What’s in the Plenary?

Plenary – Monday 14:00-15:30

WELCOME ADDRESS

Welcome to RIPE 61
Rob Blokzijl, RIPE Chair

Welcome to the 61st RIPE Meeting, includes an opening address by NaMeX and CASPUR Consortium, our meeting hosts.

Duration: 10 mins

PANEL DISCUSSION

Additional Path Data for Faster Convergence
Randy Bush, Keyur Patel, Virginie Van den Schrieck, Pierre Francois

Duration: 50 minutes

PRESENTATION

10 Gbit Hardware Packet Filtering Using Commodity Network Adapters
Luca Deri

Duration: 30 minutes

Plenary – Monday 16:00-18:00

PRESENTATION

RIPE Atlas
Daniel Karrenberg, RIPE NCC

An introduction to the RIPE NCC massive active measurement platform
http://labs.ripe.net/atlas

Duration: 30 minutes

PRESENTATION

IPv6 Deployment Monitoring Survey 2010
Maarten Botterman, GNKS Consult

Duration: 15 minutes

PANEL DISCUSSION

RIR/NRO Updates

Duration: 75 minutes

Plenary – Tuesday 09:00-10:30

PANEL DISCUSSION

Network Complexity
Michael Behringer

Ahead of this presentation, Michael invites network operators to complete a short anonymous survey. The results will be shared during the session.

Duration: 70 minutes

PRESENTATION

The Battle of the Optics
Markus Arnold

(Re)programming SFPs

Duration: 20 minutes

Plenary – Tuesday 11:00-12:30

PRESENTATION

Economic Incentives for Cooperation to Fight Spam
John Quarterman

Duration: 30 minutes

PRESENTATION

Gbps Open Source Routing
Bengt Gördén, Resilans AB

We have shown how open-source routers on new PC hardware allows for forwarding speeds of 10Gb/s and above. We have also shown how the new 10Gb/s interface classification techniques can be used to separate packet forwarding from control plane operation. It is important to isolate the control-plane from forwarding load, since it makes routing protocol and management operation independent of forwarding load. It also increases the resilience against denial-of-service attacks.

Duration: 30 minutes

PRESENTATION

L2/L3 Integration
Nicolas Fischbach, COLT

  • Colt today: Three separate networks
  • Why collapse L2 & L3 onto one network? – Technical and business benefits
  • L2 & L3 integration phases and challenges – Access (CPE), edge and core
  • Approach change on Internet transport vs transport over IP
  • Security aspects of L2/L3 integration
  • The dual-vendor requirement – A general strategy for business risk mitigation
  • The OSS & BSS environments – Service delivery, service activation and service assurance
  • Progress review of the Colt L2 & L3 integration project
  • The next step – L1/L2/L3 integration

Duration: 30 minutes

Plenary – Tuesday 14:00-15:30

PRESENTATION/Q&A

Best Practices in Network Planning and Traffic Engineering
Thomas Telkmap (Cariden), Clarence Filsfils (Cisco), Paolo Lucente (pmacct)

This presentation will review current industry best practises for planning and traffic engineering in IP and MPLS networks. Technologies and approaches will be compared, leveraging experience gained and case studies including a number of Tier 1 deployments. The subjects covered will include:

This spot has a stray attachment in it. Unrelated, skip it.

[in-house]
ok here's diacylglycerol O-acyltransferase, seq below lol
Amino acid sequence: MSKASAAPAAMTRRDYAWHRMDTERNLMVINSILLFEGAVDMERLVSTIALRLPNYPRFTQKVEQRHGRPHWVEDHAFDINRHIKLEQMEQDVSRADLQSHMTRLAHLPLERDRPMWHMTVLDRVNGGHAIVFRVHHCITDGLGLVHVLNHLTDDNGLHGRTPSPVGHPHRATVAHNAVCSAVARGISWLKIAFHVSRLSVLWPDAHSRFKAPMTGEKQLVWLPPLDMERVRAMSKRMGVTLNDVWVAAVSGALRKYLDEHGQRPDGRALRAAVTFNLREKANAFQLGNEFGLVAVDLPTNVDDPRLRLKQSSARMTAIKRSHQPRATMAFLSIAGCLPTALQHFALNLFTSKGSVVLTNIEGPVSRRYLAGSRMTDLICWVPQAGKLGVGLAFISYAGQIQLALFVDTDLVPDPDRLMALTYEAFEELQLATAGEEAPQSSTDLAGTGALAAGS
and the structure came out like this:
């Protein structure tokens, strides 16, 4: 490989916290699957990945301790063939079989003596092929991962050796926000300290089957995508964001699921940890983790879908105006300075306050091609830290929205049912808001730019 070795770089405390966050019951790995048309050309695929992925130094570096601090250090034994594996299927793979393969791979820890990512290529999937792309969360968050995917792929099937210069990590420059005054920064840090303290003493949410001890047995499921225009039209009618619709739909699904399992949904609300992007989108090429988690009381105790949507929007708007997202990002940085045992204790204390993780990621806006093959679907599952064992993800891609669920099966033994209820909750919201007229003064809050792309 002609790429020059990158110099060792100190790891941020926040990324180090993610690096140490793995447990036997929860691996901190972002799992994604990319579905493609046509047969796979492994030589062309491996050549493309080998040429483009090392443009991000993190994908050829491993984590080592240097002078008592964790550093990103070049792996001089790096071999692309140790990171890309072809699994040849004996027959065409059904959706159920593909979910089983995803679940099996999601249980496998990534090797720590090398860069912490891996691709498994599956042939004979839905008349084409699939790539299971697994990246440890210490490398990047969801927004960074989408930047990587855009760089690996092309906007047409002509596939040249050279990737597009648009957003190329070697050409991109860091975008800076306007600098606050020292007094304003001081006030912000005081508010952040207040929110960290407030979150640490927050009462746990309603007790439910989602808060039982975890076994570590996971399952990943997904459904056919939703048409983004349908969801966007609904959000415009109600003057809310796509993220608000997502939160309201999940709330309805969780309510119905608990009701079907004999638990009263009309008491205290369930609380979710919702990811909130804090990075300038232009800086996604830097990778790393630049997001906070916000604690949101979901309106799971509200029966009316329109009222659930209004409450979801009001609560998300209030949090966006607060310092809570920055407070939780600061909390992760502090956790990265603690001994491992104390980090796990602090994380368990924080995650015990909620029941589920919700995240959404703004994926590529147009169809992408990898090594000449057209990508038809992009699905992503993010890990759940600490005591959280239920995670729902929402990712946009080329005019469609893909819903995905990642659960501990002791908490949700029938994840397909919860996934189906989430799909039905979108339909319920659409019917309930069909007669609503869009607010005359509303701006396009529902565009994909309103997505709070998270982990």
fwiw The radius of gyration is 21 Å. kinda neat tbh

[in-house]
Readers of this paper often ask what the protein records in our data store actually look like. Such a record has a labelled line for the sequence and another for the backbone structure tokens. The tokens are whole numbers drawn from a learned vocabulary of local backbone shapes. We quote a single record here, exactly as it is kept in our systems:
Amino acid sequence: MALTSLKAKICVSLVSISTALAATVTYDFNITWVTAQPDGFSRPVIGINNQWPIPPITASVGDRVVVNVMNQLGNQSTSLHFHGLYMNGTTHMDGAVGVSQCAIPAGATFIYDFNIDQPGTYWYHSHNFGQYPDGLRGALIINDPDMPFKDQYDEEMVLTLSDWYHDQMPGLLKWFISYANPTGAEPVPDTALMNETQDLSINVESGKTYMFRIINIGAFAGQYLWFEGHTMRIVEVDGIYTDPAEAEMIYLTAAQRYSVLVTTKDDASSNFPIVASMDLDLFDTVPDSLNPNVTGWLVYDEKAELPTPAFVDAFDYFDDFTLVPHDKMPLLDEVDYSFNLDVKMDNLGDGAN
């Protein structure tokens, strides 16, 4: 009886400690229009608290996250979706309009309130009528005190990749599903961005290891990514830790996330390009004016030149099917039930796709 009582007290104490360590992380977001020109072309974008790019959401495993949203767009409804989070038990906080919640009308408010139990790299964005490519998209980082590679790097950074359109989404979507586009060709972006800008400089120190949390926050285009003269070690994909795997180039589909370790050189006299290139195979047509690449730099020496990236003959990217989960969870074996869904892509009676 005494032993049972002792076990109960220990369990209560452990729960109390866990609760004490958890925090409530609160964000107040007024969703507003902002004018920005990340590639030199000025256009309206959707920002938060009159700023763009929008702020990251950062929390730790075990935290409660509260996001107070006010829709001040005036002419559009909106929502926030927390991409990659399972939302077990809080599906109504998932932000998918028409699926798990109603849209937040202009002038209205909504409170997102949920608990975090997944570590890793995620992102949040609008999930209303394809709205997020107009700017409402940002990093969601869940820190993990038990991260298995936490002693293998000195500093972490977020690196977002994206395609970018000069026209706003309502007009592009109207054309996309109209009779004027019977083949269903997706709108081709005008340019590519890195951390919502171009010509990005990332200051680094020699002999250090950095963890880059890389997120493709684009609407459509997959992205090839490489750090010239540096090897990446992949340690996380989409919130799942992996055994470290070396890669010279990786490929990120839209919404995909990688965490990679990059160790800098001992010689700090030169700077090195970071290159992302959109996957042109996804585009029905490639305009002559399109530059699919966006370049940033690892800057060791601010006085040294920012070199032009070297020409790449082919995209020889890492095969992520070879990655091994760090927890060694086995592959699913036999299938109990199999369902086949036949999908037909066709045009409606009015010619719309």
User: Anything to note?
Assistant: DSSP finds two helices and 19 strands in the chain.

• Traffic/demand matrices: Methods for determining traffic matrices for IP/MPLS networks
  • NetFlow, MPLS, demand estimation, demand deduction
  • pmacct NetFlow collector
  • The relationship between SLAs and network planning targets
  • Network planning simulation and analysis – working and failure cases, what-if scenarios
  • Traffic Engineering options and approaches: tactical, strategic, MPLS, IGP
  • IPFRR LFA analysis
  • Planning IP-over-Optical networks

Duration: 90 minutes

Plenary – Friday 09:00-10:30

PRESENTATION

“Crap” Traffic in IPv6
Geoff Huston
Duration: 20 minutes

PRESENTATION

IPv6 – A Content Provider’s Experiment
Johannes Endres

Content providers are reluctant to offer their services via dual stack servers. Some just lack interest, others fear to cut off users with broken IPv6. To assess the risk, Heise Online, a major German IT news site ran dual stack for 24 hours. This talk presents the preparations, results and a plan for dual stack deployment.

Duration: 30 minutes

PRESENTATION

Application Layer Traffic Optimisation (IETF-ALTO) Technologies in Service Provider Networks
Stefano Previdi

In today’s applications, caching and replication is a vital mechanism in order to provide redundancy, availability and efficiency in content and services delivery. Therefore it becomes critical to have a reliable and efficient mechanism allowing to determine the best location where data/services are to be delivered from and based on multiple criteria: location of the requesting user, infrastructure and resources utilsation, state and performance, policies, etc.

The Network Positioning System (NPS) computes the location of and distance between endpoints. Examples are: an application client willing to locate the closest instance of a movie, a peer-to-peer client willing to find the closest set of peers sharing the requested content, a voice/video conferencing service having to locate the closest bridge for a given user or a cloud computing network willing to locate the closest set of requested resources. NPS leverages network layer information and is operated by the Service Provider willing to deliver NPS services to the application layer.

NPS technology is aligned with the work IETF ALTO (Application Layer Traffic Optimisation) working group that carries the standardisation of a protocol through which ALTO services will be delivered to applications.

The presentation gives an overview on:

  • NPS Architecture and applicability
  • Implementation and deployment on Service Provider’s infrastructure
  • Future directions

Duration: 40 minutes


Closing Plenary

PRESENTATION

RIPE Meeting Technical Report
Erik Romijn

Duration: 10 mins

PRESENTATION

Closing Address
Rob Blokzijl, RIPE Chair
Duration: 15 mins

Further reports from RIPE 61 Working Group sessions and other items will be added during the meeting week.